As stressful as some work weeks may be, I honestly think this newspaper could sometimes run itself easier than one of the community events I’ve helped plan in the past.

Back in 2012, Aberdeen turned 175 and what started with 18 volunteers tasked with organizing 12 different events for each month was ultimately whittled down to three who gladly turned the final event over to someone eager to host a gospel concert.

Simple events such as a farmers market, Thanksgiving potluck and community picnic seemed as if they would be easy to pull off, but there’s a lot more legwork involved.

To the members of the Aberdeen Pilgrimage Association and Amory Railroad Festival Committee, bless you for what you do.

It’s not like I’m shell-shocked thinking back to the fashion show at the Elkin. It’s not like I’m still recovering from talking up the Mardi Gras event live on WCBI Sunrise either, but my overwhelming appreciation for event volunteers remains after personally experiencing it.

Since we’re only a few days out, I can almost taste those pancakes made by Troop 39 Boy Scouts and those apple fritters made by members of Bethel Apostolic Church.

I can almost hear architectural descriptions of a home built in the 1800s and a local hard rock band’s new single I’ve never heard live.

None of these springtime Monroe County luxuries would be possible without the dedicated planners who make it all happen.

People from 20-something states on average flock to Aberdeen for the Pilgrimage, and tens of thousands of people are guaranteed to be in Amory every year for the Railroad Festival.

Chances are none of them can pick a committee member out of a crowd at The Magnolias or in Frisco Park. By living like a local, though, it’s a little easier.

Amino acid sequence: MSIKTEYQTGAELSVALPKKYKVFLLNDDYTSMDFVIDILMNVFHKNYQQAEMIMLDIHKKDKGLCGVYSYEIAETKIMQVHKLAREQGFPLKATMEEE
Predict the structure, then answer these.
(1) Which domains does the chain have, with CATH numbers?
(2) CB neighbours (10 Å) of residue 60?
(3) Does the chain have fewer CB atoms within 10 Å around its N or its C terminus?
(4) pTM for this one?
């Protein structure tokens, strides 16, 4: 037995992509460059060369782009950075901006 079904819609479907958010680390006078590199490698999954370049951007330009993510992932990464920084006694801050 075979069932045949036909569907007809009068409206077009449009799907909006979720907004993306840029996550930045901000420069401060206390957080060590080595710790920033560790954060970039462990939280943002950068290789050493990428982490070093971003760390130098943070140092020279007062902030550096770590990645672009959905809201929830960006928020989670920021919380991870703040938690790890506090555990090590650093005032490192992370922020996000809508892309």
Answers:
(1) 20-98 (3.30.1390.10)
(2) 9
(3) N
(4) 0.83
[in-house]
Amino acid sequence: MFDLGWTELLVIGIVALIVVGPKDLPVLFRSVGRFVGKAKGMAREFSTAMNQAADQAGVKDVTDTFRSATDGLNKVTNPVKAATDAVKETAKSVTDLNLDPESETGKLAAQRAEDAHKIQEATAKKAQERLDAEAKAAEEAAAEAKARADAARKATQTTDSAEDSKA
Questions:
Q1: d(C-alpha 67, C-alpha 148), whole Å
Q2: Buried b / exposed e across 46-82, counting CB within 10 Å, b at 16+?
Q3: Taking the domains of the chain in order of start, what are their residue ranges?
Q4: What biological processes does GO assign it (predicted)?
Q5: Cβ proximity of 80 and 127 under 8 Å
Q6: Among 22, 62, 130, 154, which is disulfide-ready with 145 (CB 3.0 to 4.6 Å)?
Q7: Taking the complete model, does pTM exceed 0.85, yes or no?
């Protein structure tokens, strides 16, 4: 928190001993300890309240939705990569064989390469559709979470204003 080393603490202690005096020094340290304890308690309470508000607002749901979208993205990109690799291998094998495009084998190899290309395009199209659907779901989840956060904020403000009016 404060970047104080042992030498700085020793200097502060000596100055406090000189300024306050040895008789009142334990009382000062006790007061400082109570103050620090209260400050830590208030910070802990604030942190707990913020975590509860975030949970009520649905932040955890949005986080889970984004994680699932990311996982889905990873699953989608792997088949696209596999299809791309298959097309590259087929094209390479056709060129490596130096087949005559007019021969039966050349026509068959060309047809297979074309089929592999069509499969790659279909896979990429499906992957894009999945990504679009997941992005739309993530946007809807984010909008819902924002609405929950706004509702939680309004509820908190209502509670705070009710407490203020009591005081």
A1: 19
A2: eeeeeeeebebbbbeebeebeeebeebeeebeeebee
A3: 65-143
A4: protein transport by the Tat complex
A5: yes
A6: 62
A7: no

If you’re in Aberdeen and see Faith West, Gail Dalrymple, Lynda Cole, Diane Smith, Sara Gardner, Tina Robbins or Mary Nichols, please voice your appreciation for another great Pilgrimage.

If you’re in Amory and bump into Dr. Tommy Fugett, Heather, Holman Jones, Tony Hooper, Brittany Eakes, Cassandra Morris, Mark Clingan, Harryette Gosa, Kelly Martin, Alyssa Benedict, Shawn Brannon, Becka Kyle, Diane Pickle, Laura Myatt, Cecil Cantrell or Alan Boozer, thank them for another amazing Railroad Festival.

These are the people who are making big things happen for Monroe County’s biggest time of the year, and it’s not easy.

I’ve still got my 175th anniversary T-shirt I wear very seldom to preserve it for years to come. Even after that shirt rips and fades with time, 2012 will be a constant reminder organizing isn’t easy.

Thank you to the ones who have put in the hard work to showcase our county’s most vibrant time of the year.

Ray Van Dusen is the managing editor of the Monroe Journal. He can be reached at

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